Why do Arab states lag the world in gender equality?
Achieving gender equality is a challenge for all states – but particularly for those in the Middle East. The Arab Human Development Report (UNDP 2006) highlights the multiple ways that gender equality continues to lag behind in the region when compared with the rest of the world. Some of the most difficult challenges concern elected office; women are roughly one in ten of the members of Arab parliaments (9.7%), roughly half the world average (18.4%). (IPU 2009) This pattern persists although some significant breakthroughs have occurred in particular states, notably the adoption and implementation of reserved seats in Morocco and candidate gender quotas in Iraq (Norris 2007). But the problem is not simply the lack of women’s voices in the highest echelons of power. Most governments in the Middle East have now formally endorsed, with reservations, the Convention on the Elimination of All Forms of Discrimination against Women (CEDAW), pledging to establish women’s rights.1 Yet the Arab Human Development Report documents that the region has some of the high rates of female illiteracy, and the lowest rate of female labor force participation, in the world. Women in the region encounter serious problems of basic health care, educational access, and income poverty, as well as suffering from exposure to violence, limited legal rights, and lack of access to justice. These conditions are compounded by problems of social exclusion, the curtailment of fundamental freedoms, and lack of democracy.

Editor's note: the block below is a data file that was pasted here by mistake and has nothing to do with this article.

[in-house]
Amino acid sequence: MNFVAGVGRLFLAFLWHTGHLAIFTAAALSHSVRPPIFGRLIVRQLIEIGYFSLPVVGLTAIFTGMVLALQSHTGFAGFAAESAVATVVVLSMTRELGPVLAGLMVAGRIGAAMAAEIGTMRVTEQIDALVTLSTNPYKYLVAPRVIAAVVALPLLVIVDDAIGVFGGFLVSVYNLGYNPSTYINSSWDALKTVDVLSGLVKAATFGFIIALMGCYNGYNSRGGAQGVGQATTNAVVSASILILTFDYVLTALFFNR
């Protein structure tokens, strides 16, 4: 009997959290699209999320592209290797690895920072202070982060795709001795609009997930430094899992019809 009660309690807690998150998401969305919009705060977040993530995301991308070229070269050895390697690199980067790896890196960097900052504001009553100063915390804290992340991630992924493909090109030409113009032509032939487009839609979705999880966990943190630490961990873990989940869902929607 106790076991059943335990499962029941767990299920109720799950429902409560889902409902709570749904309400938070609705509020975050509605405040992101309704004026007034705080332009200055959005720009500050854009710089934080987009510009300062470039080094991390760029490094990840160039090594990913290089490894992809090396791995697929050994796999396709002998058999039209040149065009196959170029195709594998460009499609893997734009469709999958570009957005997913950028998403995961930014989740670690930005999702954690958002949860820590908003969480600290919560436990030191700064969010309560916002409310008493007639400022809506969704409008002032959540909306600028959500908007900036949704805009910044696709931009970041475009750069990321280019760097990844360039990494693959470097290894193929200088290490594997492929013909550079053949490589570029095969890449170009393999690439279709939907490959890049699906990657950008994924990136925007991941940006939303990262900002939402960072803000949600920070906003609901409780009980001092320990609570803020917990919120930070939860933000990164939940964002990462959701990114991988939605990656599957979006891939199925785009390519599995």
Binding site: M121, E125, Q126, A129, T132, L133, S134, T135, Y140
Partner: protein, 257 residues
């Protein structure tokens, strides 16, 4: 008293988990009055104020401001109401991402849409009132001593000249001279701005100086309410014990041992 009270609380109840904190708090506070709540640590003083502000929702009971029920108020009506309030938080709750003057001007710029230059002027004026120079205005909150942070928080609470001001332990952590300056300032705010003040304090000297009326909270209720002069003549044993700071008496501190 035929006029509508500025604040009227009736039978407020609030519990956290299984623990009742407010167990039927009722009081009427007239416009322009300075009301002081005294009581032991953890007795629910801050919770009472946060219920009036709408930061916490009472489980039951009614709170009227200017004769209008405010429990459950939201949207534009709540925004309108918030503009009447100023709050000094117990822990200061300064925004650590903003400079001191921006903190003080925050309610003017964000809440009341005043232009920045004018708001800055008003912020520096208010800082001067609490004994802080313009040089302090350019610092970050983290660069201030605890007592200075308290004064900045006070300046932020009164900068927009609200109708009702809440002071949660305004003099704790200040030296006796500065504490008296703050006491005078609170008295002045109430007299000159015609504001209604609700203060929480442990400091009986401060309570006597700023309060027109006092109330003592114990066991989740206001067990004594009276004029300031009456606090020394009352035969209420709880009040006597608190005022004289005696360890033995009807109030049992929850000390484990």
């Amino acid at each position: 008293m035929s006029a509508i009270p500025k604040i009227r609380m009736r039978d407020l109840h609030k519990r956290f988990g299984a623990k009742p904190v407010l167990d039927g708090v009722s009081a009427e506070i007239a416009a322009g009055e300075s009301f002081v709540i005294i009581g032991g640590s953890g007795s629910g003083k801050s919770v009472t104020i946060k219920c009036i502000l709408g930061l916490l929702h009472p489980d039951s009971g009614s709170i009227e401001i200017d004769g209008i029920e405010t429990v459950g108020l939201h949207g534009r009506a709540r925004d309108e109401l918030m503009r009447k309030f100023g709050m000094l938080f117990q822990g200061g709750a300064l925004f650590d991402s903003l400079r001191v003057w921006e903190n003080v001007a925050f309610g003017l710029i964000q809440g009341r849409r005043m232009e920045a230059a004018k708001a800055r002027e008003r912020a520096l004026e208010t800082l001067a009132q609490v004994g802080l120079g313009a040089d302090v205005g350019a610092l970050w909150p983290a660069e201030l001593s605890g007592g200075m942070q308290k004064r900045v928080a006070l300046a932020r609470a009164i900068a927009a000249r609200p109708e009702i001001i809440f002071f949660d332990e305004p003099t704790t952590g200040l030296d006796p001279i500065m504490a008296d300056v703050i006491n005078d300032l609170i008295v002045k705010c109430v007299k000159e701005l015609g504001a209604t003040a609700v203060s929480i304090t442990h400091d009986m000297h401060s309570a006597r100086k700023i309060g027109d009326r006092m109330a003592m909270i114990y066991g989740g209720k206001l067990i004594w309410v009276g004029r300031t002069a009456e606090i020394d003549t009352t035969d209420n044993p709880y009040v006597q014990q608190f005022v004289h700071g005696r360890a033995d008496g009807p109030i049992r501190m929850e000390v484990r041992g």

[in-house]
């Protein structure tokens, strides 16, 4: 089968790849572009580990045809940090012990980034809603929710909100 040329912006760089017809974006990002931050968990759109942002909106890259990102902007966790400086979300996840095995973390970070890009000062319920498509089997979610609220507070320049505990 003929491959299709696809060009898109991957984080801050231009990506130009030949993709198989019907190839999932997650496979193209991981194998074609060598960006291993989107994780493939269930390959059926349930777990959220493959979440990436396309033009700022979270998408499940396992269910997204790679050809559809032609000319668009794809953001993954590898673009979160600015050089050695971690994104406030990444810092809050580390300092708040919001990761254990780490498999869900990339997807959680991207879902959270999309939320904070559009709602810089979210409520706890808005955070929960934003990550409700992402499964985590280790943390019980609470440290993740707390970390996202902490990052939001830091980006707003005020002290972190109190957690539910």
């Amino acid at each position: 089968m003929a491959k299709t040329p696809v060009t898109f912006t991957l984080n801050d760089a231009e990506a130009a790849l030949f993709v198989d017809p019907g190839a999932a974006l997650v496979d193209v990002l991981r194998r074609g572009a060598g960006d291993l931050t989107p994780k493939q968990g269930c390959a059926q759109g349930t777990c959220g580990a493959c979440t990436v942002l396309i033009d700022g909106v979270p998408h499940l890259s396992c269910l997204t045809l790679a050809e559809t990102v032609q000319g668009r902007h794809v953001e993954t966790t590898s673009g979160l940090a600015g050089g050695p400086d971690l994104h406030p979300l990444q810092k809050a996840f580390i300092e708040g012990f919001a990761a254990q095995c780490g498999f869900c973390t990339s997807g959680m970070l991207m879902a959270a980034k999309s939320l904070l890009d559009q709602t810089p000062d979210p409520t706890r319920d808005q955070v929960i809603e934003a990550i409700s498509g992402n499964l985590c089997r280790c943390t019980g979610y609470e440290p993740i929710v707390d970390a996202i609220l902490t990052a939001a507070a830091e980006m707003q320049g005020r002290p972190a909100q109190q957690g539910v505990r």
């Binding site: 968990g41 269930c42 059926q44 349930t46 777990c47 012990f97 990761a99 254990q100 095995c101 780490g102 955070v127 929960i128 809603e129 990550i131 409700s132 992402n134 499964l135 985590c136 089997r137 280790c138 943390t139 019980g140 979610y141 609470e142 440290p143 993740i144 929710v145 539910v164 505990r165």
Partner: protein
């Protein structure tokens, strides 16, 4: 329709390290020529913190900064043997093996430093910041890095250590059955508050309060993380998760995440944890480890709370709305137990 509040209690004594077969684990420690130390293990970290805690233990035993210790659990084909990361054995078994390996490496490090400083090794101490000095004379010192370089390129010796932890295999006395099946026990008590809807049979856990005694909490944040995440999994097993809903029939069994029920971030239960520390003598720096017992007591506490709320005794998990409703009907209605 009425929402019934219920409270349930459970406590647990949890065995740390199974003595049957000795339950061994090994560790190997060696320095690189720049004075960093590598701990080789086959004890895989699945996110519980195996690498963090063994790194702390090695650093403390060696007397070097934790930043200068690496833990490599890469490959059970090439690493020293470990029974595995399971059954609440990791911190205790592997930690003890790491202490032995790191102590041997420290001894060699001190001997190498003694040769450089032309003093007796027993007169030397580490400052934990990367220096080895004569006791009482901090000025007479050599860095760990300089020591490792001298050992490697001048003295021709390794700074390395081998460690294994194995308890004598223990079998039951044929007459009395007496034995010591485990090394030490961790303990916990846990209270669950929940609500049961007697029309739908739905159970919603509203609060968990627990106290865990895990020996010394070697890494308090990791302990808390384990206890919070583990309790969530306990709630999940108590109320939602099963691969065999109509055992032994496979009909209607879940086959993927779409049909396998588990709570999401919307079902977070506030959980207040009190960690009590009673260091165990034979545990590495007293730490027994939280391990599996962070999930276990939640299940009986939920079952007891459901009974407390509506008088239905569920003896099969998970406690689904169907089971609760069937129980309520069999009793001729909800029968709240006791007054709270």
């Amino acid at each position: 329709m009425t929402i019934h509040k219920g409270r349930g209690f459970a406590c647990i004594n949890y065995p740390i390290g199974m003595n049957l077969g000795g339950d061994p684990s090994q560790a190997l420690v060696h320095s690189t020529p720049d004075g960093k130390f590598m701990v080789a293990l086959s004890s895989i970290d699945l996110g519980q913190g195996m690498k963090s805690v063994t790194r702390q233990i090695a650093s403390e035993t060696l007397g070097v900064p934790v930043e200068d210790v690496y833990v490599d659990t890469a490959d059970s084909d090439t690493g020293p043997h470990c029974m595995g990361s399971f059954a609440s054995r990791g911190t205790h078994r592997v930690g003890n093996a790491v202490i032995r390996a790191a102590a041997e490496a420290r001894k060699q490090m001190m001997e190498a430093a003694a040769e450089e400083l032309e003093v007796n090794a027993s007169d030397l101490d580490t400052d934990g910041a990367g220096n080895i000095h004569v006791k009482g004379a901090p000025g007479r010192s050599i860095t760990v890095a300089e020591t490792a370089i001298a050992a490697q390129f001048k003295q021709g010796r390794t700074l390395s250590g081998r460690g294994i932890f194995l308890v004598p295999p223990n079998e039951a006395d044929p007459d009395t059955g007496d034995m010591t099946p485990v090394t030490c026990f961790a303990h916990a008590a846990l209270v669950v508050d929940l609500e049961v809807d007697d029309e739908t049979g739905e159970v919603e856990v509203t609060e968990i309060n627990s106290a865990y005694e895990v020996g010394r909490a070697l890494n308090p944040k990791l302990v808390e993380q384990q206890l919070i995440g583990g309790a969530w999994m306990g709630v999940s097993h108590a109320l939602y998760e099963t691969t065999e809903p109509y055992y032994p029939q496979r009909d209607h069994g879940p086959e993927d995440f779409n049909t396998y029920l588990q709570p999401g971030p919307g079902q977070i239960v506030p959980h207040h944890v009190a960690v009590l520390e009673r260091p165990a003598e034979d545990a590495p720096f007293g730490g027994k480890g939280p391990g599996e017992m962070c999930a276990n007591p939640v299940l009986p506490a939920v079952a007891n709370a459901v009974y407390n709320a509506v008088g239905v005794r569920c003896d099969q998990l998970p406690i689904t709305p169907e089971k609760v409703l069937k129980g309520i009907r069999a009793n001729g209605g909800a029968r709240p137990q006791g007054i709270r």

Petroleum perpetuates patriarchy? Any observers looking at the limited rights which women face in some of the major oil‐rich states, such as Saudi Arabia, Qatar and the United Arab Emirates, might easily be persuaded that there could indeed be a strong linkage. But a more detail analysis of the evidence suggests that structural accounts of gender inequality have always suffered from several major flaws, and the petroleum patriarchy thesis does not stand up to scrutiny. It seems more plausible to conclude that long‐standing religious traditions leave an enduring mark on the norms and beliefs, the attitudes and values, which characterize different societies. These cultural values leave a deep imprint upon the way that men and women see the most appropriate division of labor for men and women in the home, family and public sphere – including the contemporary role of women in elected office. Thus Buddhist and Confucian, Catholic and Protestant, Hindu and Muslim societies each display certain distinctive ideas about gender and sexuality –and these values continue to leave an imprint on the lives of women and men, even when post‐industrial societies become more secular in orientation. Active engagement in Protestantism has thus gradually dwindled and died out in Scandinavian countries (Norris and Inglehart 2004), including involvement in religious services and organizations, as well as adherence to the importance of religion in people’s lives. Nevertheless the legacy of religious traditions continues to be evident in contemporary Scandinavian values.